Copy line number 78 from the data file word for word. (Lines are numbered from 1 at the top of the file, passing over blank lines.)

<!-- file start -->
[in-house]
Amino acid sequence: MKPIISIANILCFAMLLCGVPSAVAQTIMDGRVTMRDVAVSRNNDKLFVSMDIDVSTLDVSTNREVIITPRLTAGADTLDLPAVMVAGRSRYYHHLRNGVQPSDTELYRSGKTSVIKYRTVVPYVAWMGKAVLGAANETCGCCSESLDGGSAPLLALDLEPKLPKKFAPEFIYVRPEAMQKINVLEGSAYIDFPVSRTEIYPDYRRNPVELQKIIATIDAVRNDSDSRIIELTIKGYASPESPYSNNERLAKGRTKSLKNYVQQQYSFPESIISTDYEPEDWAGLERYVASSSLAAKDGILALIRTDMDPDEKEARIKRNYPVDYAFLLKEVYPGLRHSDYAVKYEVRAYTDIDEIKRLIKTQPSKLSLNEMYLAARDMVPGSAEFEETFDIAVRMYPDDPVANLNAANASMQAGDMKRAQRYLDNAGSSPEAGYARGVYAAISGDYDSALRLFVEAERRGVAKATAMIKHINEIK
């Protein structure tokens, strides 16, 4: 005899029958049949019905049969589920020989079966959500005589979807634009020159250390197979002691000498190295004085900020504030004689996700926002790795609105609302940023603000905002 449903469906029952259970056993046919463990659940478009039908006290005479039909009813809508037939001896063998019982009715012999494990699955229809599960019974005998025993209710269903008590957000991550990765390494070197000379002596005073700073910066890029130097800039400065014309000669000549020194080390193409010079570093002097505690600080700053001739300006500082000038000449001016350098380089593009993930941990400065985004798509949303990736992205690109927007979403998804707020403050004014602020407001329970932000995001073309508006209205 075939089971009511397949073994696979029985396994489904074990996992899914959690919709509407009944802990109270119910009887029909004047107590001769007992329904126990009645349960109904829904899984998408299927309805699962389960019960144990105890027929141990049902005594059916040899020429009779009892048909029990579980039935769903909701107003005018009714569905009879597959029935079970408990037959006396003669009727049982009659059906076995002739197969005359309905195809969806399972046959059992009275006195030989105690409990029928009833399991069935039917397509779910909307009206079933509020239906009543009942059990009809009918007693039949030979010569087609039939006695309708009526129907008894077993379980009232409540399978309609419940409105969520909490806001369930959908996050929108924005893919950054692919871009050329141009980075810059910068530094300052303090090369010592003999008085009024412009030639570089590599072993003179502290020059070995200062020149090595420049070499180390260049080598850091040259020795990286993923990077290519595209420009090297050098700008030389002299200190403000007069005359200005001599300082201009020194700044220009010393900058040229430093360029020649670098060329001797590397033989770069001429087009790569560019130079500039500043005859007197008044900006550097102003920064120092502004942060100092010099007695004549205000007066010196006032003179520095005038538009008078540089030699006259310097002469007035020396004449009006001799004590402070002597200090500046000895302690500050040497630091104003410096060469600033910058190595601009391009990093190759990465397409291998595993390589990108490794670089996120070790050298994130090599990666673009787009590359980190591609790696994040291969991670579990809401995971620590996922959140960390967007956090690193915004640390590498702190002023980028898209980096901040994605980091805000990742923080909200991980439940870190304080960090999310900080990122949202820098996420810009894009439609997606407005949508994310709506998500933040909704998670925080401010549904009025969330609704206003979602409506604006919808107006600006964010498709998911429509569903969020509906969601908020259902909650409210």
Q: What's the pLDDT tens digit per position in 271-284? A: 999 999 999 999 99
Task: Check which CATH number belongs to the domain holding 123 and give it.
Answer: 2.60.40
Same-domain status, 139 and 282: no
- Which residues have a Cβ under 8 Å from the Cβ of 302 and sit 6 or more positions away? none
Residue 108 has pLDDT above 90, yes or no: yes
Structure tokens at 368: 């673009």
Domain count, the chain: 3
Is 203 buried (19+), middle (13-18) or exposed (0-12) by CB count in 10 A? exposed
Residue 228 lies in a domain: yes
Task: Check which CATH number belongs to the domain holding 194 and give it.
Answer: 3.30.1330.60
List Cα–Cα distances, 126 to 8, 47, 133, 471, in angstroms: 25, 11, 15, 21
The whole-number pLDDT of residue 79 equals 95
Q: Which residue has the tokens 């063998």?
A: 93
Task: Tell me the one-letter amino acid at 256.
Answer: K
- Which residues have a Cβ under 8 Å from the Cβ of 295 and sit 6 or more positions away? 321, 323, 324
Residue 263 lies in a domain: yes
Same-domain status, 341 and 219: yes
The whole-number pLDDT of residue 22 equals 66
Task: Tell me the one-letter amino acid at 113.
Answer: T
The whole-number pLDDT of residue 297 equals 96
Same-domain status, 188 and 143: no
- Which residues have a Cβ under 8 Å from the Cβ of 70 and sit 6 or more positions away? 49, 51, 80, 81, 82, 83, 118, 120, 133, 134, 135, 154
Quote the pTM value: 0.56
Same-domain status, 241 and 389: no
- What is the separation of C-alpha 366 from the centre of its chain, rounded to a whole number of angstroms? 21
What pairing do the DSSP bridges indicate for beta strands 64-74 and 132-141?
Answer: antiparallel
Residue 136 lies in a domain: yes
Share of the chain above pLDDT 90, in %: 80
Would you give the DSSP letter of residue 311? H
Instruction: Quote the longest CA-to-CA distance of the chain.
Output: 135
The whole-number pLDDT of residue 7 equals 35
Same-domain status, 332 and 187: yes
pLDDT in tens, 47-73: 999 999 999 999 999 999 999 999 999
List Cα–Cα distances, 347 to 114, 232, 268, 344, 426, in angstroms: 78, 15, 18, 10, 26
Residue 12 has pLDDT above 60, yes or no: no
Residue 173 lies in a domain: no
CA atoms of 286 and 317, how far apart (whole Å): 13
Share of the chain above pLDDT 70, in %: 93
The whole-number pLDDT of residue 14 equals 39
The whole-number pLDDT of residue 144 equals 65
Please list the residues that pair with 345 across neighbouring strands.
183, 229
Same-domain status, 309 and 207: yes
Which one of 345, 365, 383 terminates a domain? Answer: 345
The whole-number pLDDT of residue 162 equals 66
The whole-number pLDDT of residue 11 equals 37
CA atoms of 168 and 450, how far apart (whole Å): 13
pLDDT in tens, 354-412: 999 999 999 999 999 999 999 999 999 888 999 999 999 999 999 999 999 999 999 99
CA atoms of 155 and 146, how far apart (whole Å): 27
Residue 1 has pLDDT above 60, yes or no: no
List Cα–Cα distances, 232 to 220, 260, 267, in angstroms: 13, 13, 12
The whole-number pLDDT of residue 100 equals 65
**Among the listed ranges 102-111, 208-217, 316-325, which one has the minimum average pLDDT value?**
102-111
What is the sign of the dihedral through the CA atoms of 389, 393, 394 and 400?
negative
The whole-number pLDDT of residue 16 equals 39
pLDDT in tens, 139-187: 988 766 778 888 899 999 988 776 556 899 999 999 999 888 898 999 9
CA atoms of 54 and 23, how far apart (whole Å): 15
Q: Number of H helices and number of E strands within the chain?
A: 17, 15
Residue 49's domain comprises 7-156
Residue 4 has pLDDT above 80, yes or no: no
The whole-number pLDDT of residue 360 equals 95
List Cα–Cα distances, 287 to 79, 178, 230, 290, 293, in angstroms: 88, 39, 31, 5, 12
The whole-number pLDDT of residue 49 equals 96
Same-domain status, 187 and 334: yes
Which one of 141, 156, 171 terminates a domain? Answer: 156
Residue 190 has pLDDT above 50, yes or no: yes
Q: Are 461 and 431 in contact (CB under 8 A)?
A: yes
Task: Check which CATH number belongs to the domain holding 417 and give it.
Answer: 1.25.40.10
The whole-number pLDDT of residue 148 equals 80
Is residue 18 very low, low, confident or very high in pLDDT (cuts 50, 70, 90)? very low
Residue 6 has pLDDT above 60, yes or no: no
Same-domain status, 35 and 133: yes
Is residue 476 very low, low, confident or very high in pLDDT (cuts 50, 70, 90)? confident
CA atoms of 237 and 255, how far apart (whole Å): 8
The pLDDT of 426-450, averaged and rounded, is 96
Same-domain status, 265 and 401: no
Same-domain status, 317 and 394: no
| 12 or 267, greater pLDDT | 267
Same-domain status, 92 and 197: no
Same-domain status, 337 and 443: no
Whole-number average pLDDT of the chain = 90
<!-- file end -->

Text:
Which one of 141, 156, 171 terminates a domain? Answer: 156